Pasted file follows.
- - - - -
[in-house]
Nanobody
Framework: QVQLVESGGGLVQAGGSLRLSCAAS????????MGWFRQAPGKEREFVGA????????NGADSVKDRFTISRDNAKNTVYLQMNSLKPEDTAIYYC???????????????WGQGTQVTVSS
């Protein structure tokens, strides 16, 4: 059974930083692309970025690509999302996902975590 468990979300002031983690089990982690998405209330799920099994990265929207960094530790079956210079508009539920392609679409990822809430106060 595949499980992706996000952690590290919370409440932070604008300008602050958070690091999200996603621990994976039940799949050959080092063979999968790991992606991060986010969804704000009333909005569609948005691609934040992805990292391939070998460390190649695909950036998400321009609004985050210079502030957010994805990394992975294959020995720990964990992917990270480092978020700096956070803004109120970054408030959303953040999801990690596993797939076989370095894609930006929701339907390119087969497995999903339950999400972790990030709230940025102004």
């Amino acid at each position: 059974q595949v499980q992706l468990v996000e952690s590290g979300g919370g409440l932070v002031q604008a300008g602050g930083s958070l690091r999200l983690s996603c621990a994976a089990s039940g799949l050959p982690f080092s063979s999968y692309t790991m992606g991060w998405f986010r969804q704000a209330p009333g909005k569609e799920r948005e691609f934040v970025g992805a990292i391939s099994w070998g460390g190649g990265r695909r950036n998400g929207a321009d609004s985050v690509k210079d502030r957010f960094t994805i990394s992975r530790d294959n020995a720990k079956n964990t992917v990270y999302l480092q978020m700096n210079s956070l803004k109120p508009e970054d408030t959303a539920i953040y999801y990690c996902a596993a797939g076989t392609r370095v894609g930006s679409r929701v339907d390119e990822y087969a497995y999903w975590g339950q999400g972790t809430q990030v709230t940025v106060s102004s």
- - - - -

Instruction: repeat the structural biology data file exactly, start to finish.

[in-house]
Nanobody
Framework: QVQLVESGGGLVQAGGSLRLSCAAS????????MGWFRQAPGKEREFVGA????????NGADSVKDRFTISRDNAKNTVYLQMNSLKPEDTAIYYC???????????????WGQGTQVTVSS
């Protein structure tokens, strides 16, 4: 059974930083692309970025690509999302996902975590 468990979300002031983690089990982690998405209330799920099994990265929207960094530790079956210079508009539920392609679409990822809430106060 595949499980992706996000952690590290919370409440932070604008300008602050958070690091999200996603621990994976039940799949050959080092063979999968790991992606991060986010969804704000009333909005569609948005691609934040992805990292391939070998460390190649695909950036998400321009609004985050210079502030957010994805990394992975294959020995720990964990992917990270480092978020700096956070803004109120970054408030959303953040999801990690596993797939076989370095894609930006929701339907390119087969497995999903339950999400972790990030709230940025102004």
């Amino acid at each position: 059974q595949v499980q992706l468990v996000e952690s590290g979300g919370g409440l932070v002031q604008a300008g602050g930083s958070l690091r999200l983690s996603c621990a994976a089990s039940g799949l050959p982690f080092s063979s999968y692309t790991m992606g991060w998405f986010r969804q704000a209330p009333g909005k569609e799920r948005e691609f934040v970025g992805a990292i391939s099994w070998g460390g190649g990265r695909r950036n998400g929207a321009d609004s985050v690509k210079d502030r957010f960094t994805i990394s992975r530790d294959n020995a720990k079956n964990t992917v990270y999302l480092q978020m700096n210079s956070l803004k109120p508009e970054d408030t959303a539920i953040y999801y990690c996902a596993a797939g076989t392609r370095v894609g930006s679409r929701v339907d390119e990822y087969a497995y999903w975590g339950q999400g972790t809430q990030v709230t940025v106060s102004s």